This May, a United Nations envoy deemed native distrust of Harper a "continuing crisis." On Gateway, Harper has done little to ease the problem. After the U.S. rejection in early 2012 of TransCanada's Keystone XL, a pipeline that was supposed to link Alberta's oil sands to Texas, the prime minister "expressed his profound disappointment" to U.S. President Barack Obama, Harper's office said in a statement. A week later, at the World Economic Forum, Harper vowed to export oil to Asia instead. Projects like Gateway were now a "national priority," he declared.

For Harper, the economics of the project provide good reason for its priority status. Enbridge estimates that, once completed, Gateway would boost Canada's GDP by $300 billion over the next three decades. Ottawa alone stands to gain $36 billion in taxes and royalties. And there is the issue of Canada's role in the world. One month after the World Economic Forum, in February 2012, Harper traveled to China, where an influential crowd of Chinese business executives that Canada is "an emerging energy superpower" eager to "sell our energy to people who want to buy our energy."

While Harper delivered that pitch in Europe and Asia, his then-natural resources minister, Joe Oliver (now finance minister), was declaring war on Gateway opponents back at home. In an open letter, Oliver lashed out at the "environmental and other radical groups" that in their protests against the pipeline project "threaten to hijack our regulatory system to achieve their radical ideological agenda."

It was a tactical stumble, wrote George Hoberg, a University of British Columbia professor who studies the Gateway standoff, that pushed "many moderates who were offended by the style of the attacks into strong opponents of the pipeline." Oliver's letter was mentioned again and again during two years of federal hearings on Gateway, for which 4,000 Canadians registered to speak.

By the time those hearings finished last December, Gateway had become one of the top political issues in Canada. Much credit for that is due to a sustained media campaign coordinated by British Columbia's major green groups, which deliberately evoked memories of Exxon's 1989 Valdez disaster. On the spill's 20th anniversary in 2009, they declared a "No Tankers Day."

"There will be a sacrifice we're asked to make at some point, and the [ecological] damage will be permanent," said Kai Nagata from the Dogwood Initiative, one of the leading groups in that campaign. "Nobody's come up with a compelling argument about why we should accept those risks."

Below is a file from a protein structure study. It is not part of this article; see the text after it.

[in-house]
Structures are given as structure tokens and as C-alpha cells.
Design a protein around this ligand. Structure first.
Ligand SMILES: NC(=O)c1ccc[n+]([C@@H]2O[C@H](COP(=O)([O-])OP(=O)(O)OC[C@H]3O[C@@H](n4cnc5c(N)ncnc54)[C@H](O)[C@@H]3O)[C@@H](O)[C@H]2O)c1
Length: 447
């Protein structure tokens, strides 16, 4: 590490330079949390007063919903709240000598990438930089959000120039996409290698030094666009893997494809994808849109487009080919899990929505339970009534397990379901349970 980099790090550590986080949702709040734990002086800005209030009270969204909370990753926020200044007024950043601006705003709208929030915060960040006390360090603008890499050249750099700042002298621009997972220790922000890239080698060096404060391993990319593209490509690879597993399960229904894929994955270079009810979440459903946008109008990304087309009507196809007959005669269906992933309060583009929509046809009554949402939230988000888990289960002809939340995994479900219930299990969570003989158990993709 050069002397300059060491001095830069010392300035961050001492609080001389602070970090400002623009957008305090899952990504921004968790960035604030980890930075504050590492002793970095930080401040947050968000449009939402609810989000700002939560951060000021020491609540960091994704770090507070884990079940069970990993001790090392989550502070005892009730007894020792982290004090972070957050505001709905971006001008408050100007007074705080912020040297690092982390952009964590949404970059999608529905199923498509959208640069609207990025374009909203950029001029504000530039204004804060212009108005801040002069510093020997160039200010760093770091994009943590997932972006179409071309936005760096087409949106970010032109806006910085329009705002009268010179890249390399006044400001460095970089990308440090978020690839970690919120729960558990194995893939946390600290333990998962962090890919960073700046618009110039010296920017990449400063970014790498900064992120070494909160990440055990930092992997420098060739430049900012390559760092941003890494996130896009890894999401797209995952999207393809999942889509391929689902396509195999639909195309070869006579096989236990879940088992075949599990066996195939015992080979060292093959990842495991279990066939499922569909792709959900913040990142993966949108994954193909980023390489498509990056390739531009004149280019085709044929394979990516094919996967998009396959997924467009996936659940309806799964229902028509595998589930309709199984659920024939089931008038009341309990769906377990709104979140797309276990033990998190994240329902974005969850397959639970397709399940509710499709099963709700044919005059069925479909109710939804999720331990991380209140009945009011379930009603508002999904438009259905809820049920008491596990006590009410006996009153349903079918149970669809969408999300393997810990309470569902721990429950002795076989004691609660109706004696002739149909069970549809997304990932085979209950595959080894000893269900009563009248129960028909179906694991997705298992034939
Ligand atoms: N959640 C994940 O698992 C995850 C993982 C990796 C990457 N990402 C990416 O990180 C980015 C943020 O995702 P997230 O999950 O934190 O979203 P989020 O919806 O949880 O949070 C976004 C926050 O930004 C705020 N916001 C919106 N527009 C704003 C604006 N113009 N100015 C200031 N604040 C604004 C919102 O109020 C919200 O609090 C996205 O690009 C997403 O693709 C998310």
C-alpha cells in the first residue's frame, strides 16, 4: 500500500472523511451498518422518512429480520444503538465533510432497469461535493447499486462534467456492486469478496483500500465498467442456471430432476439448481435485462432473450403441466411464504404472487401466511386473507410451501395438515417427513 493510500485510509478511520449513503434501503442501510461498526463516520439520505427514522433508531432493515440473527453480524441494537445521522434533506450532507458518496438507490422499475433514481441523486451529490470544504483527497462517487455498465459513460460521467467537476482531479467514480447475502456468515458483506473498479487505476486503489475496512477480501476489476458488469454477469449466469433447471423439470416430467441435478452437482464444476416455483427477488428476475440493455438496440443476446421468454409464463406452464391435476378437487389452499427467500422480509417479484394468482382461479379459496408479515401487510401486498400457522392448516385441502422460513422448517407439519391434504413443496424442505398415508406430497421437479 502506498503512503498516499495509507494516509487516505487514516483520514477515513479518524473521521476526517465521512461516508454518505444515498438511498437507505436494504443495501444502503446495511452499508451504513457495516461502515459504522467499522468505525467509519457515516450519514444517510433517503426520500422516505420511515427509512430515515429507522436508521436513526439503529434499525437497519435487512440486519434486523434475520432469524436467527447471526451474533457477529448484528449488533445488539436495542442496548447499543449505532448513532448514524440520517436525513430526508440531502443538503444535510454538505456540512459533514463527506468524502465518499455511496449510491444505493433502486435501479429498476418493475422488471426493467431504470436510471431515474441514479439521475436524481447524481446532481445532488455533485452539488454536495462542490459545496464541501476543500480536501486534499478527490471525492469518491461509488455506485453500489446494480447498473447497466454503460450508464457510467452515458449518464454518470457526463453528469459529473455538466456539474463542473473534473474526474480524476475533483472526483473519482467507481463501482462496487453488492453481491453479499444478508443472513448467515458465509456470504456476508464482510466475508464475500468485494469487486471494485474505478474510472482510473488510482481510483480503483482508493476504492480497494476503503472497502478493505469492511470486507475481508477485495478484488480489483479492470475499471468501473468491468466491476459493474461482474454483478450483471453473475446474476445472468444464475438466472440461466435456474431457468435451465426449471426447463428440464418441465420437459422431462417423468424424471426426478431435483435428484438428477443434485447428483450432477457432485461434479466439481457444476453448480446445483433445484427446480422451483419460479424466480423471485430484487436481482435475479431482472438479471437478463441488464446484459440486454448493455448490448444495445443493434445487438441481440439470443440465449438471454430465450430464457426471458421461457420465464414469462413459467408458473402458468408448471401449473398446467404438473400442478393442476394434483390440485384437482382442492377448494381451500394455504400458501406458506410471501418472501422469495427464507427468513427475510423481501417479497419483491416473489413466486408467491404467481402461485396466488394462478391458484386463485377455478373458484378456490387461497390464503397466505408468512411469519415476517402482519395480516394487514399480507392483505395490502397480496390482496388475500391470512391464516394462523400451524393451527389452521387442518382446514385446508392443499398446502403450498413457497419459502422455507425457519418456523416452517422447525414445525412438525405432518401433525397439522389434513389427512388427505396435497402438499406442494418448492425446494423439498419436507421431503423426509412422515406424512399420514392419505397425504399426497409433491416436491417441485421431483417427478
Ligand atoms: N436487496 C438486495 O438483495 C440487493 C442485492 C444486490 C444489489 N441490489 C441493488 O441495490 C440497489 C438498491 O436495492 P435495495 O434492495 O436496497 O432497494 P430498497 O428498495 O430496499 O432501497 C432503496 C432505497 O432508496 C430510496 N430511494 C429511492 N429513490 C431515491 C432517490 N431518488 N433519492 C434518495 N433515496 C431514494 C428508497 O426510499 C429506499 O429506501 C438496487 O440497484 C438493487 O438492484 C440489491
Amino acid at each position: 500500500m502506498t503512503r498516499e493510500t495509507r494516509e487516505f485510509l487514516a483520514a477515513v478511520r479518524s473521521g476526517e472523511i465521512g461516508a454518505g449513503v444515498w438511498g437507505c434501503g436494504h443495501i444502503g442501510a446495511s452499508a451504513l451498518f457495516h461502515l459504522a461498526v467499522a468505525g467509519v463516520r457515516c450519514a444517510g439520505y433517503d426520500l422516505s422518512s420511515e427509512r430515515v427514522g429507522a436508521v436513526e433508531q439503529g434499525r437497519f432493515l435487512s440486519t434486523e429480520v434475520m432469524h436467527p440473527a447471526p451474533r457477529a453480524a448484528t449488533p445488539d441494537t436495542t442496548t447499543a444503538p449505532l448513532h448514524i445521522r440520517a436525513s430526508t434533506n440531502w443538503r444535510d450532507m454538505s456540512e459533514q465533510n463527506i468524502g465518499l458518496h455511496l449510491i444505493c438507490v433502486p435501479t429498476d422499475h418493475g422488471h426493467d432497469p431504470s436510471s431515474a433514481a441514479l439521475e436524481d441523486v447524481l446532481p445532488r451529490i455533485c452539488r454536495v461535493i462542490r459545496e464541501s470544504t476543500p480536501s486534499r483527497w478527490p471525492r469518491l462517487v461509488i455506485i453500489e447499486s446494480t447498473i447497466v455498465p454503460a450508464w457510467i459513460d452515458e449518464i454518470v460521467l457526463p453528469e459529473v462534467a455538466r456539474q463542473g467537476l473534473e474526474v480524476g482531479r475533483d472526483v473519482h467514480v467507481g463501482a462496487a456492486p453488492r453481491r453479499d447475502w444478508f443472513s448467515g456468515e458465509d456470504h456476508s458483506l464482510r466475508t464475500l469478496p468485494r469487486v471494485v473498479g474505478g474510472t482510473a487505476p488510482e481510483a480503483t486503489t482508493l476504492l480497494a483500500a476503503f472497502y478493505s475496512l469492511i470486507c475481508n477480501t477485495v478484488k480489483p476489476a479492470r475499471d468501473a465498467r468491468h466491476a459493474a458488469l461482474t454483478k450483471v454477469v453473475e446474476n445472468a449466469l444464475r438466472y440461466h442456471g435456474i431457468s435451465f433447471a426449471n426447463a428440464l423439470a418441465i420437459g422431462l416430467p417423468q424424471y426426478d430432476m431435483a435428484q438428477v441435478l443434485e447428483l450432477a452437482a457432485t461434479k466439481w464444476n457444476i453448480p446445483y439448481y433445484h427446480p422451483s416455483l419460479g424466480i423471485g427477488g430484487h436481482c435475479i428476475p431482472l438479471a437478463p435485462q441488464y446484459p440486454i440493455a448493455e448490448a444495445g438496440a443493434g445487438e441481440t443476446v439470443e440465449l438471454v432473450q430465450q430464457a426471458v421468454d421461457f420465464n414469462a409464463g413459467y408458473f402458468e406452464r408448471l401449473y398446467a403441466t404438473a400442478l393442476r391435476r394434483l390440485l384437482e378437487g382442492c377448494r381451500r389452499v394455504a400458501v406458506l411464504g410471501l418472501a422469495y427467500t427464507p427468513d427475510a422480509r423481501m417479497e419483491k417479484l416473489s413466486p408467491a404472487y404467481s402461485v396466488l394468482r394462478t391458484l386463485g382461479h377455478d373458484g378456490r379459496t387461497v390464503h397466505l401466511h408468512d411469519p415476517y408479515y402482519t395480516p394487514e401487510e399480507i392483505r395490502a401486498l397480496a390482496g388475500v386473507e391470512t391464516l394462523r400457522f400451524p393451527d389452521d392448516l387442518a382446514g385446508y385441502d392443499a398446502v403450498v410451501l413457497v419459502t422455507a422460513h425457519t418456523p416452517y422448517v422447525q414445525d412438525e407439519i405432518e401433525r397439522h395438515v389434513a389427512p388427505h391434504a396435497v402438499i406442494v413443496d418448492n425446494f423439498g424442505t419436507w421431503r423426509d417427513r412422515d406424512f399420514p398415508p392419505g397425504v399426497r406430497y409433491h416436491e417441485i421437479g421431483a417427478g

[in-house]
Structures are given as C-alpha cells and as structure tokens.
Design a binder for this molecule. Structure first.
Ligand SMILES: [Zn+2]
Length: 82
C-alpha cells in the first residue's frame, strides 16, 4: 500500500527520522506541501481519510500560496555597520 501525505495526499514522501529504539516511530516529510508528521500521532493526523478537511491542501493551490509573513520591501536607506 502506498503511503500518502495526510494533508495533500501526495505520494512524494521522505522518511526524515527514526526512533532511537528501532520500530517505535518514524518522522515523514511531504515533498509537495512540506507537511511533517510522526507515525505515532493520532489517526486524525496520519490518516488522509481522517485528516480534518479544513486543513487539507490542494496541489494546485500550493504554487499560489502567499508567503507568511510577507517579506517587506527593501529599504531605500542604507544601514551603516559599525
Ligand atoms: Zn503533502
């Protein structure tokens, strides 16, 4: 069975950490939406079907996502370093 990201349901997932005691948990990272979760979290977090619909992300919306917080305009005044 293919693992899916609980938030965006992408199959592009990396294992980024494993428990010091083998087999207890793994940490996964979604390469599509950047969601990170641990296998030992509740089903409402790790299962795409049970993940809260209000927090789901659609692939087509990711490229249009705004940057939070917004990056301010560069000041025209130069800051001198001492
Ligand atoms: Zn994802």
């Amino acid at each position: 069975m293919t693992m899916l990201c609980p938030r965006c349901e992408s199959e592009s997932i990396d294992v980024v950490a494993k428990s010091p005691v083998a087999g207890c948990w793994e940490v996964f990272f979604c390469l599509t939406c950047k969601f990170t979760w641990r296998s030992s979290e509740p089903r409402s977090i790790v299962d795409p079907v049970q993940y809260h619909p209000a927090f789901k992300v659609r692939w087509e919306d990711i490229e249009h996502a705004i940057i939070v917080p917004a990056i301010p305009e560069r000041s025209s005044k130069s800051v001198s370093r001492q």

The continual focus on Gateway's risks -- to one of North America's vastest wildernesses and to the indigenous people living within it -- allowed green groups to broker alliances with First Nations all along the pipeline route. They appeared together at joint press conferences and waged a two-front opposition to Gateway so effective that, by this June, nearly 70 percent of people in British Columbia opposed immediate federal approval of the project, according to a Bloomberg-Nanos poll.

"The reason why Gateway has become such a political albatross for Stephen Harper," Nagata explained, "is he's managed to find a way to align the majority of British Columbians with the majority of First Nations." Not to mention Vancouver's mayor, British Columbia's premier, and Harper's political opponents in Ottawa, all of whom have spoken out against the project.

None of that opposition has deterred the federal Conservatives, though. In mid-June Harper's government officially approved Gateway, deeming it "in the public interest." Within hours of the announcement, a coalition of almost 30 First Nations and tribal councils in British Columbia were vowing to "immediately go to court to vigorously pursue all lawful means to stop the Enbridge project," and promising that "we will defend our territories whatever the costs may be."

Unlike in the United States, where indigenous peoples were conquered and then settled on reservations, few along Gateway's proposed route have ever surrendered territory. What power they actually wield over that territory is legally disputed. Yet a Supreme Court decision on June 26 granting land title to the Tsilhqot'in First Nation gives greater legal standing to native groups with unresolved land claims.

The consequences of that decision, as well as the autonomy it ultimately provides to indigenous people, will be decided if groups like the Carrier Sekani Tribal Council, which represents eight First Nations across central British Columbia, challenge Gateway in court as unconstitutional. "What we'll really be doing is testing our authority and our jurisdiction over the land," said Terry Teegee, the council's tribal chief. "It's really hard to imagine this project going ahead."

Enbridge is still confident. "We are prepared" for legal challenges, the company's CEO, Al Monaco, said during a recent conference call, in which he contested the notion that people like Teegee speak on behalf of all First Nations. Monaco argued that 60 percent of indigenous people living along Gateway's route in fact want to see it built (a claim called "ridiculous" by the Coastal First Nations group). Those court battles that First Nations do bring, in Monaco's opinion, are likely to be resolved in Enbridge's favor over the next 12 to 15 months. Gateway's construction could begin shortly after. "This is not necessarily an endless process," he said.   

For indigenous people like Robinson, as well as the Unist'ot'en husband and wife now living in a wood cabin built intentionally along the pipeline's path, the fight against Enbridge stands in for a larger cultural struggle. So long as companies and governments continue to view the rights of First Nations "as an impediment to getting what they want," Robinson said, the struggle will surely continue.

Jennifer Castro/Flickr Creative Commons